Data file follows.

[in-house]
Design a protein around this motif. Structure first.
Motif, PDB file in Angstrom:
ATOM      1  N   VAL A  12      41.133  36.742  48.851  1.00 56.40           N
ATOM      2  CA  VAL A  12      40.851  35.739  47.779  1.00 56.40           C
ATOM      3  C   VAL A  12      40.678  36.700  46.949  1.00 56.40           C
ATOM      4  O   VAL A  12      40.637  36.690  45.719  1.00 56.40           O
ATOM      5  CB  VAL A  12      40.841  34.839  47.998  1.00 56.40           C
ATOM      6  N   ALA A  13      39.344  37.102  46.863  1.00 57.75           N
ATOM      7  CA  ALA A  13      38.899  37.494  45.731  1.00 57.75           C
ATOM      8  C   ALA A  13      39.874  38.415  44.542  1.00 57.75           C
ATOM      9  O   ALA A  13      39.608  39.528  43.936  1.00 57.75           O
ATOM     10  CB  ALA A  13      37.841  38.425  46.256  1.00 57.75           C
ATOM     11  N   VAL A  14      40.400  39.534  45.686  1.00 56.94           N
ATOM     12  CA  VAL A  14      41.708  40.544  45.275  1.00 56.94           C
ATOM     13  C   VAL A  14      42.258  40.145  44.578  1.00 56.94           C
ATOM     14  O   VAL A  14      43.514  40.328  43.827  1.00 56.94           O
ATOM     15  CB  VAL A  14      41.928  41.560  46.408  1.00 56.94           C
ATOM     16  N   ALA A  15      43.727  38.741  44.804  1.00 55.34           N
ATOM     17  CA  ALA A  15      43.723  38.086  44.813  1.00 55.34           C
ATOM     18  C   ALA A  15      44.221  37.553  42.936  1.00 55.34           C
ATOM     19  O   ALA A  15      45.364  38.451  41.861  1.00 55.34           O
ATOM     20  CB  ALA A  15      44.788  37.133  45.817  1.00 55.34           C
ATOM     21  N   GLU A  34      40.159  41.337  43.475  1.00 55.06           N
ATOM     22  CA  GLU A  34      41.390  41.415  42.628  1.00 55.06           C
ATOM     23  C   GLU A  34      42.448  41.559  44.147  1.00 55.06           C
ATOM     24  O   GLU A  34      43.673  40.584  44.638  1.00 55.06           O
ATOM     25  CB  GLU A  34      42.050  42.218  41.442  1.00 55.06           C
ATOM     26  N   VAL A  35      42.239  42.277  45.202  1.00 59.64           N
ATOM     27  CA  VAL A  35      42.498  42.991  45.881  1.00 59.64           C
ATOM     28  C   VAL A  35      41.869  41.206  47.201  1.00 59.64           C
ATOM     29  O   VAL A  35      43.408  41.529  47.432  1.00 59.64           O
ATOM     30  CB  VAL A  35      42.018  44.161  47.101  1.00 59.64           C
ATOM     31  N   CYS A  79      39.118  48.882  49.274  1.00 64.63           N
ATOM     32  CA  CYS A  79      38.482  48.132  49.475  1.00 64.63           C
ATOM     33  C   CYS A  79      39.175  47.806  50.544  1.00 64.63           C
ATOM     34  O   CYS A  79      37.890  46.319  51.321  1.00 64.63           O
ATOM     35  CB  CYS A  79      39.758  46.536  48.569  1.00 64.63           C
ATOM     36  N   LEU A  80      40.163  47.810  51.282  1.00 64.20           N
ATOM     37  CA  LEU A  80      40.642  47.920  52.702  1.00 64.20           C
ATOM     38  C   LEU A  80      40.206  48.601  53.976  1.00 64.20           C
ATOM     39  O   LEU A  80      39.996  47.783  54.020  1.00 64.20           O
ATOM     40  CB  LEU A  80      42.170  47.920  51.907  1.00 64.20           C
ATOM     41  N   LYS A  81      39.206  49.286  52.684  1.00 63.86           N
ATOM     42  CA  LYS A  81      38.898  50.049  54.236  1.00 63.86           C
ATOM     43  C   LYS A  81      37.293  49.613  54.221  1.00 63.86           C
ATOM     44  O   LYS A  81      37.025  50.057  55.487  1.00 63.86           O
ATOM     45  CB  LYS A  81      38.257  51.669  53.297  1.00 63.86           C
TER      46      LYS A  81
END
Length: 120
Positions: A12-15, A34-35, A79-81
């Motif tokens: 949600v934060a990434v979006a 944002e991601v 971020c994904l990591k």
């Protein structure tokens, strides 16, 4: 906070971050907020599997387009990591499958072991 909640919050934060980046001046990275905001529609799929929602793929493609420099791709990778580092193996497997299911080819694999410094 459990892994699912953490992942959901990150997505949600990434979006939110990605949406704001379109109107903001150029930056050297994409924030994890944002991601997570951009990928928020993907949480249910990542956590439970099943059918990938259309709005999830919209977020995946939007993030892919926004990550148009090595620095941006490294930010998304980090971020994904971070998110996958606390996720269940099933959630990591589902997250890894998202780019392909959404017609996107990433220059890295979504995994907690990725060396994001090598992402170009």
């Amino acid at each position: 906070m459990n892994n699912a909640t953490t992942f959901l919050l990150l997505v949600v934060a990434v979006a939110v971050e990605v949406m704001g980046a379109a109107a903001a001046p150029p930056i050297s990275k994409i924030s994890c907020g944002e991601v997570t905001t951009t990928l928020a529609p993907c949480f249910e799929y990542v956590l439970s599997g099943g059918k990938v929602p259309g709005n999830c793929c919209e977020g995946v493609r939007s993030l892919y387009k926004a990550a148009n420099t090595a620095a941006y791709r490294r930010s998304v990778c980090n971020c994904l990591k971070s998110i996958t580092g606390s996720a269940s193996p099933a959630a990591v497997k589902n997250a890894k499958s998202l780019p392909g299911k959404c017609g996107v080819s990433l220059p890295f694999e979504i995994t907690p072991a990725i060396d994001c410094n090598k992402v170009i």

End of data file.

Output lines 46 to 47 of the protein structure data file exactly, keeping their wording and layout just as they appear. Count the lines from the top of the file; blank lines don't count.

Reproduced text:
ATOM     43  C   LYS A  81      37.293  49.613  54.221  1.00 63.86           C
ATOM     44  O   LYS A  81      37.025  50.057  55.487  1.00 63.86           O